At 10,000 feet above sea-level, it was time to commence ascent. We started up the gently sloping hill, past the cow fields, and made our way up to the water tanks. “This isn’t too bad,” I thought to myself. At the water tanks we stopped for a second to prepare ourselves. I looked at the trail ahead of me and all I saw was a straight line, straight up. No switchbacks, no flat plateaus, just a straight 45 degree ascent leading through the tall grass up to a base of volcanic rock. That nice 15 minute walk to the water tanks was a cruel joke to make you think you would have a nice leisurely hike, and then you realize that Taita Imbabura doesn’t understand what the word leisurely means.
I fell in line with the “Caboose Crew,” happily advancing at a much slower pace. I pulled myself up the hill, literally using the tall grass to my advantage, and cursed my friends all the way up to our first resting point. All I could think about was how I couldn’t do this, how I wasn’t built for this, how I should just stop now and wait for them to come back down. Then, I looked up and to my left and saw the snow-capped Cayambe volcano staring at me. It didn’t look that big from Otavalo. I looked to my right and in the distance saw a volcano that our guide said was in Colombia. As we sat there, munching on trail mix and preparing for the next part of the hike, I told myself, “You can do this.” I took in the views and my new found energy and kept going until we reached the base of the volcanic rock.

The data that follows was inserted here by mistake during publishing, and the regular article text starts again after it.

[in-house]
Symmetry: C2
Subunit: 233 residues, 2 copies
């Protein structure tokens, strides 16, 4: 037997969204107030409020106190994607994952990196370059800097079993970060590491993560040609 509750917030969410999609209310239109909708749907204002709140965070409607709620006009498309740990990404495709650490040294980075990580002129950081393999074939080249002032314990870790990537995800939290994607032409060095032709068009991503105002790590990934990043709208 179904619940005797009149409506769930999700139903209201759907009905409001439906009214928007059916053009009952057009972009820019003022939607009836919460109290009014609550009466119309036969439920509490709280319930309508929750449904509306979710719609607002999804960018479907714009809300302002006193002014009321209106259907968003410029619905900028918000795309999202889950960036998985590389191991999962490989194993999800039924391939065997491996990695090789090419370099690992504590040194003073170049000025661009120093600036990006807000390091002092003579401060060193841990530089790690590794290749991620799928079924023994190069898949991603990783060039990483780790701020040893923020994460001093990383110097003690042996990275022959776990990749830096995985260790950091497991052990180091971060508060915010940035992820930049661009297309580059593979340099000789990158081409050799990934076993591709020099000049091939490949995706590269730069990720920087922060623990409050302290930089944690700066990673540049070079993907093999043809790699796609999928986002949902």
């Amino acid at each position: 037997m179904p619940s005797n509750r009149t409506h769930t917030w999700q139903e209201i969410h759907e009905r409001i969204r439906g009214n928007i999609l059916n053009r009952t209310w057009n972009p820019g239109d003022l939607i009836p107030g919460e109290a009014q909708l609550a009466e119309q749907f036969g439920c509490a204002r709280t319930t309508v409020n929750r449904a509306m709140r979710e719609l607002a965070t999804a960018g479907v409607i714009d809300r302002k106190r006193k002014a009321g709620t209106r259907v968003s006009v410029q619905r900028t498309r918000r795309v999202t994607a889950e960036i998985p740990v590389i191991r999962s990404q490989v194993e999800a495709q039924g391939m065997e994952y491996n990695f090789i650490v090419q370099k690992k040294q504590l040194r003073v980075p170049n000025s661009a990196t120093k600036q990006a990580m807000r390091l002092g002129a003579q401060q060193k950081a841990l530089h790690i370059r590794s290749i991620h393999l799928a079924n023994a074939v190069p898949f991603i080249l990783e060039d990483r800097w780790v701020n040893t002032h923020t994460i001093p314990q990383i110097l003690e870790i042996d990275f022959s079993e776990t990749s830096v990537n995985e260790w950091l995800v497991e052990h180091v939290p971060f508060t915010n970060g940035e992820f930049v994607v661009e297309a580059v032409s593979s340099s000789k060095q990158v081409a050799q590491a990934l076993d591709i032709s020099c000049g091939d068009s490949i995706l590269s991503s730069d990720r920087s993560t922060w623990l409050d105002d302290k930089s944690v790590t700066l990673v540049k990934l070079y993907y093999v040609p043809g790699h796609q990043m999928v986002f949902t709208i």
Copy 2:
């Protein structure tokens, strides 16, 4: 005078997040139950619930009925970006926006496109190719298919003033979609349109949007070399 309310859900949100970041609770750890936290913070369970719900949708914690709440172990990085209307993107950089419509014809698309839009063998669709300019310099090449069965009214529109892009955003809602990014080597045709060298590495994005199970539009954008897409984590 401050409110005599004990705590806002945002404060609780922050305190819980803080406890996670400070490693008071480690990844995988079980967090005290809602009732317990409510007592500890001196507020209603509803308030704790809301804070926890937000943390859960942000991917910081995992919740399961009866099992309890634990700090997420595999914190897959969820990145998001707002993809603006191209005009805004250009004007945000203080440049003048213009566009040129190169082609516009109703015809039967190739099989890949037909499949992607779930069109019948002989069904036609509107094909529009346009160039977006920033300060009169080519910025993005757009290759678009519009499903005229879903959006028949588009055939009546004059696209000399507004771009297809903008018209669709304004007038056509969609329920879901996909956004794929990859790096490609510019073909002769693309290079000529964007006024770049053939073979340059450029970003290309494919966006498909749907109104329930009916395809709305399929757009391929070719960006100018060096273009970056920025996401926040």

Operation Hike Taita Imbabura Phase Three
We were now in the final phase: scale volcanic rock. Our guide, the funny guy that he is, told us there were two ways to get to the top: scaling volcanic rock or simply walking up the trail. It turns out there was only one way, and that meant scaling volcanic rock. You can imagine my delight. You know what they say, “Teamwork makes the dream work.” So with a little help from my friends, I put one foot in front of the other and climbed the rock, slowly but surely making my way up. It felt like a never ending wall in front of me. I climbed and climbed and climbed, and when I finally thought I was done, there was more.
Until finally, there wasn’t. I walked up over the hill and there were my friends, sitting, enjoying the snacks they brought. Our guide pulled out ham, cheese, and bread for everyone to make sandwiches. I looked to my left, and there it was: a sign. Literally, a sign was posted stating that we had made it. After 5 hours, and about 5,000 ft of ascent, we had finally made it. And thank god for the sign, because there were so many clouds, we had no idea where we were. But the lack of view didn’t matter. I did it. I climbed Taita Imbabura.
After a brief lunch, we made the three and a half hour climb down. With happy hearts and sore knees, we climbed back into the truck and made our way to Otavalo. We sat around a table outside of La Posada del Quinde, where we celebrated with Pilseners, Maggie’s famous cookies with ice cream and a clear view of Taita Imbabura.
I complained. I cursed my friends. I hated them the whole way up. But thanks to them, every clear day I look up and see the top of Imbabura, this east-coast, Philadelphia suburbs outdoorsy girl looks at the spot where she sat and had lunch.